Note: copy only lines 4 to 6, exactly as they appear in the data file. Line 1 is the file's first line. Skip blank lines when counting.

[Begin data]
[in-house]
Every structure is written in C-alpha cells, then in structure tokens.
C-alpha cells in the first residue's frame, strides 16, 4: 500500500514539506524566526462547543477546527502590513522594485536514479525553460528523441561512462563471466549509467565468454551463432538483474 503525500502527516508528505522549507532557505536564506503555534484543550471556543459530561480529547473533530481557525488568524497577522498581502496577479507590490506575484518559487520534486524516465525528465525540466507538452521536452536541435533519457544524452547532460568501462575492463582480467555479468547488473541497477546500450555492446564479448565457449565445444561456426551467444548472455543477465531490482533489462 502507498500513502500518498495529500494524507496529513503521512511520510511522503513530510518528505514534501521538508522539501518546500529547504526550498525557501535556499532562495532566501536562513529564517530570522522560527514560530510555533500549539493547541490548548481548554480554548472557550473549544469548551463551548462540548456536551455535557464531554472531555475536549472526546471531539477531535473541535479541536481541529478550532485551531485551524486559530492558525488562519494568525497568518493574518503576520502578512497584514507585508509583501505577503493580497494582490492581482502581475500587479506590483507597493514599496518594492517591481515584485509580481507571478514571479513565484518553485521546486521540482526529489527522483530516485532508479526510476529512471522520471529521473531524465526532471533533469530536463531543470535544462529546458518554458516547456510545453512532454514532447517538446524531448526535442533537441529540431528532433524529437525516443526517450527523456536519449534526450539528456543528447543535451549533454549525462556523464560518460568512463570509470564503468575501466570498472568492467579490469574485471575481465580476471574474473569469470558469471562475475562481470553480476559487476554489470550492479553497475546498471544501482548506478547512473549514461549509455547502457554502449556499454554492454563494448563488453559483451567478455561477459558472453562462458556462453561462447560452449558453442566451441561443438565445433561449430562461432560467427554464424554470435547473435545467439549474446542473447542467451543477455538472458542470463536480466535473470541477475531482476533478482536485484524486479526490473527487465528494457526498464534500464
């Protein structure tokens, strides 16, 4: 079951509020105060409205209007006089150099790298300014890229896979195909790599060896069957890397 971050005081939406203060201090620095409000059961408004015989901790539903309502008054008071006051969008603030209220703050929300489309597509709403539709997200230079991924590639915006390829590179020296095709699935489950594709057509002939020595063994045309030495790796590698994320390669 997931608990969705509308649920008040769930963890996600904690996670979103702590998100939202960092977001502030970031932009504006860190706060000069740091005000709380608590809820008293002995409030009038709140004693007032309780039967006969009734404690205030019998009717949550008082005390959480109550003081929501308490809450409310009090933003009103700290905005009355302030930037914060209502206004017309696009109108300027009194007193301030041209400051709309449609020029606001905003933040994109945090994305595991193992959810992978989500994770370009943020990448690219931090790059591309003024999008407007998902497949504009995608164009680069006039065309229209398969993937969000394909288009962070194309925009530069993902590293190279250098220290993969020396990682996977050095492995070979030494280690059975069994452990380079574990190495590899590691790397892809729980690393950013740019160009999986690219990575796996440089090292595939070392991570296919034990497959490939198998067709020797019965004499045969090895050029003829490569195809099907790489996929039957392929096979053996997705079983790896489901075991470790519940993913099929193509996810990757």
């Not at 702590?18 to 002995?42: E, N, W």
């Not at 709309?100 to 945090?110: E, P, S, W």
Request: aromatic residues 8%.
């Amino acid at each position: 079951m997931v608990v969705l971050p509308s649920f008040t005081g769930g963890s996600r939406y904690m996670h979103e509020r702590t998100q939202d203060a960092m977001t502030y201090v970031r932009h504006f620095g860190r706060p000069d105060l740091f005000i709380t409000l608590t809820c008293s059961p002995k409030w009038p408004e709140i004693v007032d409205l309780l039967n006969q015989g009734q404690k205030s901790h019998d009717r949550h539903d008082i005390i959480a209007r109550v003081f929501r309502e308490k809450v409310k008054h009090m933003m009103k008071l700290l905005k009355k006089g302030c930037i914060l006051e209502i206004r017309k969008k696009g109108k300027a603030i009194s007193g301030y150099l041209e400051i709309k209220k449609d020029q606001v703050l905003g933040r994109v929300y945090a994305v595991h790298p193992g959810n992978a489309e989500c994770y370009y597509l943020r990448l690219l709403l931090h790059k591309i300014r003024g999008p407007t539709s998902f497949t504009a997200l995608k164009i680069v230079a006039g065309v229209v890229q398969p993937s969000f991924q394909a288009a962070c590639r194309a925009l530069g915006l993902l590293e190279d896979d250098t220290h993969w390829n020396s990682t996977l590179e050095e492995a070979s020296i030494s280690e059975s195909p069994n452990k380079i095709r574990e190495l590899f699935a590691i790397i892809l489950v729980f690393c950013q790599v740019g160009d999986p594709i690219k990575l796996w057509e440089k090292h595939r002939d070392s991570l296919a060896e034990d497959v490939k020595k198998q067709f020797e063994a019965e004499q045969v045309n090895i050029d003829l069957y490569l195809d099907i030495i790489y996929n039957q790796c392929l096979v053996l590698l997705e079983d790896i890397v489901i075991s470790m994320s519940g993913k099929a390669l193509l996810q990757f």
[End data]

């Protein structure tokens, strides 16, 4: 079951509020105060409205209007006089150099790298300014890229896979195909790599060896069957890397 971050005081939406203060201090620095409000059961408004015989901790539903309502008054008071006051969008603030209220703050929300489309597509709403539709997200230079991924590639915006390829590179020296095709699935489950594709057509002939020595063994045309030495790796590698994320390669 997931608990969705509308649920008040769930963890996600904690996670979103702590998100939202960092977001502030970031932009504006860190706060000069740091005000709380608590809820008293002995409030009038709140004693007032309780039967006969009734404690205030019998009717949550008082005390959480109550003081929501308490809450409310009090933003009103700290905005009355302030930037914060209502206004017309696009109108300027009194007193301030041209400051709309449609020029606001905003933040994109945090994305595991193992959810992978989500994770370009943020990448690219931090790059591309003024999008407007998902497949504009995608164009680069006039065309229209398969993937969000394909288009962070194309925009530069993902590293190279250098220290993969020396990682996977050095492995070979030494280690059975069994452990380079574990190495590899590691790397892809729980690393950013740019160009999986690219990575796996440089090292595939070392991570296919034990497959490939198998067709020797019965004499045969090895050029003829490569195809099907790489996929039957392929096979053996997705079983790896489901075991470790519940993913099929193509996810990757």
């Not at 702590?18 to 002995?42: E, N, W």
């Not at 709309?100 to 945090?110: E, P, S, W």